Nonoperative Management May Be Possible for Select Patients With Rectal Cancer

April 26, 2019
John Schieszer

Researchers evaluated a “watch and wait” strategy that includes chemotherapy and radiation, but not surgery, in carefully selected patients with rectal cancer.

A “watch and wait” strategy that includes chemotherapy and radiation may be sufficient for carefully selected patients with rectal cancer, helping them to avoid complications and quality of life issues associated with surgery, found a new study published in the journal Surgical Oncology.

“One surprise was that we found that this strategy did seem to work, even in our clinical lymph node–positive patients as well,” said lead study author Steven Nurkin, MD, who is a surgical oncologist and associate professor of oncology at Roswell Park Comprehensive Cancer Center, Buffalo, New York.

Nurkin and colleagues conducted a retrospective review of patients with rectal cancer over a 5-year period (2012 to 2016) and identified patients who had documented complete clinical response (CCR) of their tumors after neoadjuvant treatments and nonoperative management. All patients were closely monitored through physical exams, endoscopy, and imaging. 

A total of 29 patients were identified who elected to undergo nonoperative management. The mean age of patients was 67 years, and there was an equal distribution of males and females. In this cohort, 88% had low primary tumors (< 7 cm from anal verge), 83% had at least a clinically-staged T3 tumor, and 52% had clinically suspicious nodes during pretherapy staging.

Neoadjuvant long-course chemoradiotherapy was given to all patients, 7 were treated with initial induction chemotherapy followed by chemoradiation, and 11 received consolidation chemotherapy.

The researchers found that 79% of patients were still cancer-free at a median follow-up of 27.6 months. There were 6 recurrences (1 local, 1 local and distant, and 4 distant). Among the 6 relapsed patients, 5 were candidates for salvage surgical resection.

“In the era of patient-centered medicine, we feel that the patient should get to choose what the best treatment is for them. For some patients, it is the maintenance of intestinal continuity and stoma-free life; for others, it is the best chance of a cure no matter the risks,” concluded the researchers.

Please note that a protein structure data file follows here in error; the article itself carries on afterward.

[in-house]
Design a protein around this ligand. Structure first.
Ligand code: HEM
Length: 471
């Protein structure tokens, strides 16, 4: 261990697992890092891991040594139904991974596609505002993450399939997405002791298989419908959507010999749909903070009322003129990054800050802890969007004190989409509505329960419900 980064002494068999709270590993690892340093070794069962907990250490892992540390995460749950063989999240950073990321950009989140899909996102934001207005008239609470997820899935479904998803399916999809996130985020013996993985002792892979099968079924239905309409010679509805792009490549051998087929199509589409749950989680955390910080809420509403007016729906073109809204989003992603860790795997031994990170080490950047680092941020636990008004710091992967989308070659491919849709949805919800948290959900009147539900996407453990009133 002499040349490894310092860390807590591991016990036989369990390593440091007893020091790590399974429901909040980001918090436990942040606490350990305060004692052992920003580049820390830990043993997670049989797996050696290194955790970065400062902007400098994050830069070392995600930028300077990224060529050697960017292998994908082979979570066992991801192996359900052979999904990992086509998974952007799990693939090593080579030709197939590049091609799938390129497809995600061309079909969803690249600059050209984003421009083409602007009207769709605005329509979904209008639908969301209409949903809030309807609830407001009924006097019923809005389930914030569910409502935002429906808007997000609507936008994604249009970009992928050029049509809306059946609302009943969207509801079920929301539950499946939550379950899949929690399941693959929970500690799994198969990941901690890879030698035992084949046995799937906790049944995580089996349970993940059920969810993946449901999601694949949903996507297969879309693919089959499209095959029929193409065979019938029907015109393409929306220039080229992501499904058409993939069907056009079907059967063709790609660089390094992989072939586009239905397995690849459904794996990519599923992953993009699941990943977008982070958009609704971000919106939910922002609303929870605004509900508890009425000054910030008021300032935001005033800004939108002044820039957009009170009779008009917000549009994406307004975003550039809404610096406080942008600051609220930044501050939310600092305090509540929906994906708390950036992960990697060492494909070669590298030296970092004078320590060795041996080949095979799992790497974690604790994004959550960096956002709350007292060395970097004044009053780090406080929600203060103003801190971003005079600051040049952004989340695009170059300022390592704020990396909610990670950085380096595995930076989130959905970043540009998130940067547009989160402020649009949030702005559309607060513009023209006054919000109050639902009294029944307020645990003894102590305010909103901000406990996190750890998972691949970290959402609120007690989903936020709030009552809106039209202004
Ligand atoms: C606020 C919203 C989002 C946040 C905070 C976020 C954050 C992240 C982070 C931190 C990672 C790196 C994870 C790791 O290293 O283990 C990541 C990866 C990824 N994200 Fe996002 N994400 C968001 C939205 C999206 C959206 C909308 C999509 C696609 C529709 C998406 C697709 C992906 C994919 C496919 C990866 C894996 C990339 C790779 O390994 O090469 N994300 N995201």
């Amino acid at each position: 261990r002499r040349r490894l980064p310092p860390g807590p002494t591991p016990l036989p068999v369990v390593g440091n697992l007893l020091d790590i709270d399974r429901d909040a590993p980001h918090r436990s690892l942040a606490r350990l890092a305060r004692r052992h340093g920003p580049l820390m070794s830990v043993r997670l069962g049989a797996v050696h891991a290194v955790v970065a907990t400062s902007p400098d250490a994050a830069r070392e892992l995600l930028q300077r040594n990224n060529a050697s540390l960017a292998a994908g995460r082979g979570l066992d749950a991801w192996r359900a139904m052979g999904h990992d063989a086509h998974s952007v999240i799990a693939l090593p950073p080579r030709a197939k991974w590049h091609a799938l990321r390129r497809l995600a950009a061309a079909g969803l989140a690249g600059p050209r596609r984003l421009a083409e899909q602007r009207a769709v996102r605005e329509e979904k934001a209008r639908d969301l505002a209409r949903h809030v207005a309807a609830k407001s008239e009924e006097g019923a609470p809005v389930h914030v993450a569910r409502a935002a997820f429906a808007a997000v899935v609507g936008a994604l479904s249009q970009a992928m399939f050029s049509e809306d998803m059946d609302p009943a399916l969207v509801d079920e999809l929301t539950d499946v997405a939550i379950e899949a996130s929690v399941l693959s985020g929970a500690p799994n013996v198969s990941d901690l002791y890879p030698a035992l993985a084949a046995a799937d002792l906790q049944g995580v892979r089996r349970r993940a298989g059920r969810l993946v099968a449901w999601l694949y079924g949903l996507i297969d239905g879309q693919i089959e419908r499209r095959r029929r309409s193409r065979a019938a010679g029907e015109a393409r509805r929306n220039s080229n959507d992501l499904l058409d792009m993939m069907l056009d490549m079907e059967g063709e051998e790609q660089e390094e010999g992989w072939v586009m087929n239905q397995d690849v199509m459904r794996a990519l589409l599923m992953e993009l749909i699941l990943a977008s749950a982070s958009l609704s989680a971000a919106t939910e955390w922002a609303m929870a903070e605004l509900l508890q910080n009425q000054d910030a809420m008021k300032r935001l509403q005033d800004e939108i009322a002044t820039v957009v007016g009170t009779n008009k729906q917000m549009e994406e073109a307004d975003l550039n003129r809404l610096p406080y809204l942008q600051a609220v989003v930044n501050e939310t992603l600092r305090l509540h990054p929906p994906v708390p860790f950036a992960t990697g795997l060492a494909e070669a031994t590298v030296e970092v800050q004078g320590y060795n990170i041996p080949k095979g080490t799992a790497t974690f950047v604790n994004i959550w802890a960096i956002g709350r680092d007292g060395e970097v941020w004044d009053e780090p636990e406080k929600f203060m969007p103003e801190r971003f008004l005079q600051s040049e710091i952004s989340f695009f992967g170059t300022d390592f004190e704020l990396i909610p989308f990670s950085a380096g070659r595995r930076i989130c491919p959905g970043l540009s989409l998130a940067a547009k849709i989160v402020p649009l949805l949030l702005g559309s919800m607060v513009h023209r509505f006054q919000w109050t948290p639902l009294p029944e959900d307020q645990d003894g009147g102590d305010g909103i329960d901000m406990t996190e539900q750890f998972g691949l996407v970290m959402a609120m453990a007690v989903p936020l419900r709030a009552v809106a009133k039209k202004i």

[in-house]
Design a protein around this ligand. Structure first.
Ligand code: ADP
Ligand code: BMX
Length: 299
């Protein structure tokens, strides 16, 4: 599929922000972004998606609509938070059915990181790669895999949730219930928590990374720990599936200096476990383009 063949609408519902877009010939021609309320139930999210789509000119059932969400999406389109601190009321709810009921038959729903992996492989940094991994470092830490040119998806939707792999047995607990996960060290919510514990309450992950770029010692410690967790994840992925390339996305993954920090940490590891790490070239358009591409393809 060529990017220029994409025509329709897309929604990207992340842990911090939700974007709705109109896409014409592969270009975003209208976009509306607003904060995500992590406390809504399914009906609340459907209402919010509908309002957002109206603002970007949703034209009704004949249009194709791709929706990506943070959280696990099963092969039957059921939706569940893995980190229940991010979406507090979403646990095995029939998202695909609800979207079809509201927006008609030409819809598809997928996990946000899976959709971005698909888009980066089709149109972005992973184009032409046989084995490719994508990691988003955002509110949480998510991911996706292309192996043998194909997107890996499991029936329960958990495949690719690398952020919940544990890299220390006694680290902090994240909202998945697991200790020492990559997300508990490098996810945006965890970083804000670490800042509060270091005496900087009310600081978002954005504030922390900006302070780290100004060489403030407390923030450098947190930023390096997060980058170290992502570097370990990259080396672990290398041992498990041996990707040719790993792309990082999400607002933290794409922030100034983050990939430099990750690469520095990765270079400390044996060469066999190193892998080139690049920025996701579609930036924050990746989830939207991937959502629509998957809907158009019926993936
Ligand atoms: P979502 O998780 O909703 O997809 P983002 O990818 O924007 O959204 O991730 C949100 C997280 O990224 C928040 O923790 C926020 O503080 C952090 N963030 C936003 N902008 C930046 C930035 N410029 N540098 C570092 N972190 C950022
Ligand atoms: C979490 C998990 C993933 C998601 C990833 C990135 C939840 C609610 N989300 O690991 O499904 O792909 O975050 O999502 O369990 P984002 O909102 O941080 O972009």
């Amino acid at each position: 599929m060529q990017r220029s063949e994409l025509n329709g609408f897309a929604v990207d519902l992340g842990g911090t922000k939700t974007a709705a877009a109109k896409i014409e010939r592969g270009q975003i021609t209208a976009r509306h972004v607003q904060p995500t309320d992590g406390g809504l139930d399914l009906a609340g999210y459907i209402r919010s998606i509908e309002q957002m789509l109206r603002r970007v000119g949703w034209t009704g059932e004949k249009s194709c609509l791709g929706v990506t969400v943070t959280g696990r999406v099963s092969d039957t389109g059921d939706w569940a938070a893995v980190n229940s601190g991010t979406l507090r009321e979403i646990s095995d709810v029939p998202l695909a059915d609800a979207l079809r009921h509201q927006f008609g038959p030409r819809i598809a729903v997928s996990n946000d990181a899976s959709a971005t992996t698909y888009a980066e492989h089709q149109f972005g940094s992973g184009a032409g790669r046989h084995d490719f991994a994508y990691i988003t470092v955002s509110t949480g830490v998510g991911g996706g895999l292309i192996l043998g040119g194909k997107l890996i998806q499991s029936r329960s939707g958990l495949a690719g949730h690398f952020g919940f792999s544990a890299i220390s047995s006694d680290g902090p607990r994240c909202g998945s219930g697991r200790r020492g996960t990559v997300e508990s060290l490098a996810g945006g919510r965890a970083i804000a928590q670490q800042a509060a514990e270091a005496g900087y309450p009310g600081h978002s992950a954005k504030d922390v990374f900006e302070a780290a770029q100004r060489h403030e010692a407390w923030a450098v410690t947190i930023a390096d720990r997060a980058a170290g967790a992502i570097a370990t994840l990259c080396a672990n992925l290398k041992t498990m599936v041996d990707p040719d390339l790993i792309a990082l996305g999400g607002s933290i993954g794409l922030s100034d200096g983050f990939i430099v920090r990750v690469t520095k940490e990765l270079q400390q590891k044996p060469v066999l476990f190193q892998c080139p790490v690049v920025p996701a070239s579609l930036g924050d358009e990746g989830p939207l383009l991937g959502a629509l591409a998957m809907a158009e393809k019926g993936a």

Currently, nonoperative management is not considered the standard of care for rectal cancer, Nurkin told Cancer Network. However, it can be offered to patients seeking rectal preservation,  although more research is warranted to better identify the appropriate patients, according to the investigators. Based on current data, the majority of patients who experience a rectal cancer recurrence after a CCR were salvageable with surgical intervention, without compromising oncologic outcomes, they wrote.

“The main takehome is that there are a clear subset of patients that can be cured of recital cancer without surgery. We just need to better define who those patients are, so that we can comfortably offer this strategy to more patients without putting any of them at risk,” Nurkin told Cancer Network.

The current study is one of the largest single-institution series in the United States evaluating patients with rectal cancer undergoing total neoadjuvant therapy and nonoperative management. However, it is still limited due to the small number of patients, the various treatment strategies the patients received, and the relatively short-term follow-up, said Nurkin.

Jeffrey A. Meyerhardt, MD, the clinical director of the Gastrointestinal Cancer Center at Dana-Farber Cancer Institute, Boston, Massachusetts, said nonoperative management of rectal cancer was initially considered by a surgeon in Brazil to avoid permanent colostomies for select patients.

“Over the past 15 years, the idea has spread, and more groups are considering this approach for certain patients. This paper by Dr. Nurkin adds to the literature, both the safety and effectiveness of the approach, as well as provides data on how to follow these patients who do not undergo surgery,” Meyerhardt told Cancer Network. “For those with certain tumors that respond very well to chemotherapy and radiation upfront, this is an option that should be offered.”